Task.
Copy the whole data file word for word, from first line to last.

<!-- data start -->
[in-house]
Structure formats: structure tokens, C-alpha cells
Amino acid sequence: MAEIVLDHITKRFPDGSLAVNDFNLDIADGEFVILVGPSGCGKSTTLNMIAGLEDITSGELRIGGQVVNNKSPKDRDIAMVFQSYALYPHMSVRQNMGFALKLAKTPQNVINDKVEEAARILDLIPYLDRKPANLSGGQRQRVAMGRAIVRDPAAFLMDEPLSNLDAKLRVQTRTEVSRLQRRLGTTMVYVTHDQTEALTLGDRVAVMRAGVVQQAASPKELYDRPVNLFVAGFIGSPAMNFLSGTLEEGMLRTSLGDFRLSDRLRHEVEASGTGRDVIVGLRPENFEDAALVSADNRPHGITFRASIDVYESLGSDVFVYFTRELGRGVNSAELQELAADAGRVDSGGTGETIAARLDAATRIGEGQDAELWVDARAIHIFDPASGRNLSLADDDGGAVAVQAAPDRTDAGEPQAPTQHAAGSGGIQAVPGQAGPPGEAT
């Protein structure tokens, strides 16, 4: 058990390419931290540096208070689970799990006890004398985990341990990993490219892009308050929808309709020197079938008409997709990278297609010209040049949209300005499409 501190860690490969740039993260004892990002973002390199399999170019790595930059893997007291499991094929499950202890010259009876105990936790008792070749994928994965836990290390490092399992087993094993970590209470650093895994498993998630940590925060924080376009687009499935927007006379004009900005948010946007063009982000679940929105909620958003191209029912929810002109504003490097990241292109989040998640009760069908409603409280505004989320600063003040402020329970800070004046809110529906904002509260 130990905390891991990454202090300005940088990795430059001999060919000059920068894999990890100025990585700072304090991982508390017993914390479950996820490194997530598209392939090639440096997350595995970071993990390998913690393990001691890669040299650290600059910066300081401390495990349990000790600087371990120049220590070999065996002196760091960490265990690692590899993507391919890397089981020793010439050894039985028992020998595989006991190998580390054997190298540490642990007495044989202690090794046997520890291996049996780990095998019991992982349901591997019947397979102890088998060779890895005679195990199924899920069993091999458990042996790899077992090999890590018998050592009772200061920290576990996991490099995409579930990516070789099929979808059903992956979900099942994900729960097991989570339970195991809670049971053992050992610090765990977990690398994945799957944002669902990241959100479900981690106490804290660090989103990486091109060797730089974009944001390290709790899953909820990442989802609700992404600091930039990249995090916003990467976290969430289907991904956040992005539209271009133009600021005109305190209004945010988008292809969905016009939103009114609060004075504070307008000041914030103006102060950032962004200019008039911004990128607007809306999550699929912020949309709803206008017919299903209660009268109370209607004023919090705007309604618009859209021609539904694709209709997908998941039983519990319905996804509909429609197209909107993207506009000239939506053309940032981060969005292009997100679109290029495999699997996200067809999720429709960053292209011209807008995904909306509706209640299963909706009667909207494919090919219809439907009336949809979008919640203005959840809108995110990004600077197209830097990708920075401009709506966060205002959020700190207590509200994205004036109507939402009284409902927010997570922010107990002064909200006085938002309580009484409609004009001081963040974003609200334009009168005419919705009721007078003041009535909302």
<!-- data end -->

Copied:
[in-house]
Structure formats: structure tokens, C-alpha cells
Amino acid sequence: MAEIVLDHITKRFPDGSLAVNDFNLDIADGEFVILVGPSGCGKSTTLNMIAGLEDITSGELRIGGQVVNNKSPKDRDIAMVFQSYALYPHMSVRQNMGFALKLAKTPQNVINDKVEEAARILDLIPYLDRKPANLSGGQRQRVAMGRAIVRDPAAFLMDEPLSNLDAKLRVQTRTEVSRLQRRLGTTMVYVTHDQTEALTLGDRVAVMRAGVVQQAASPKELYDRPVNLFVAGFIGSPAMNFLSGTLEEGMLRTSLGDFRLSDRLRHEVEASGTGRDVIVGLRPENFEDAALVSADNRPHGITFRASIDVYESLGSDVFVYFTRELGRGVNSAELQELAADAGRVDSGGTGETIAARLDAATRIGEGQDAELWVDARAIHIFDPASGRNLSLADDDGGAVAVQAAPDRTDAGEPQAPTQHAAGSGGIQAVPGQAGPPGEAT
């Protein structure tokens, strides 16, 4: 058990390419931290540096208070689970799990006890004398985990341990990993490219892009308050929808309709020197079938008409997709990278297609010209040049949209300005499409 501190860690490969740039993260004892990002973002390199399999170019790595930059893997007291499991094929499950202890010259009876105990936790008792070749994928994965836990290390490092399992087993094993970590209470650093895994498993998630940590925060924080376009687009499935927007006379004009900005948010946007063009982000679940929105909620958003191209029912929810002109504003490097990241292109989040998640009760069908409603409280505004989320600063003040402020329970800070004046809110529906904002509260 130990905390891991990454202090300005940088990795430059001999060919000059920068894999990890100025990585700072304090991982508390017993914390479950996820490194997530598209392939090639440096997350595995970071993990390998913690393990001691890669040299650290600059910066300081401390495990349990000790600087371990120049220590070999065996002196760091960490265990690692590899993507391919890397089981020793010439050894039985028992020998595989006991190998580390054997190298540490642990007495044989202690090794046997520890291996049996780990095998019991992982349901591997019947397979102890088998060779890895005679195990199924899920069993091999458990042996790899077992090999890590018998050592009772200061920290576990996991490099995409579930990516070789099929979808059903992956979900099942994900729960097991989570339970195991809670049971053992050992610090765990977990690398994945799957944002669902990241959100479900981690106490804290660090989103990486091109060797730089974009944001390290709790899953909820990442989802609700992404600091930039990249995090916003990467976290969430289907991904956040992005539209271009133009600021005109305190209004945010988008292809969905016009939103009114609060004075504070307008000041914030103006102060950032962004200019008039911004990128607007809306999550699929912020949309709803206008017919299903209660009268109370209607004023919090705007309604618009859209021609539904694709209709997908998941039983519990319905996804509909429609197209909107993207506009000239939506053309940032981060969005292009997100679109290029495999699997996200067809999720429709960053292209011209807008995904909306509706209640299963909706009667909207494919090919219809439907009336949809979008919640203005959840809108995110990004600077197209830097990708920075401009709506966060205002959020700190207590509200994205004036109507939402009284409902927010997570922010107990002064909200006085938002309580009484409609004009001081963040974003609200334009009168005419919705009721007078003041009535909302």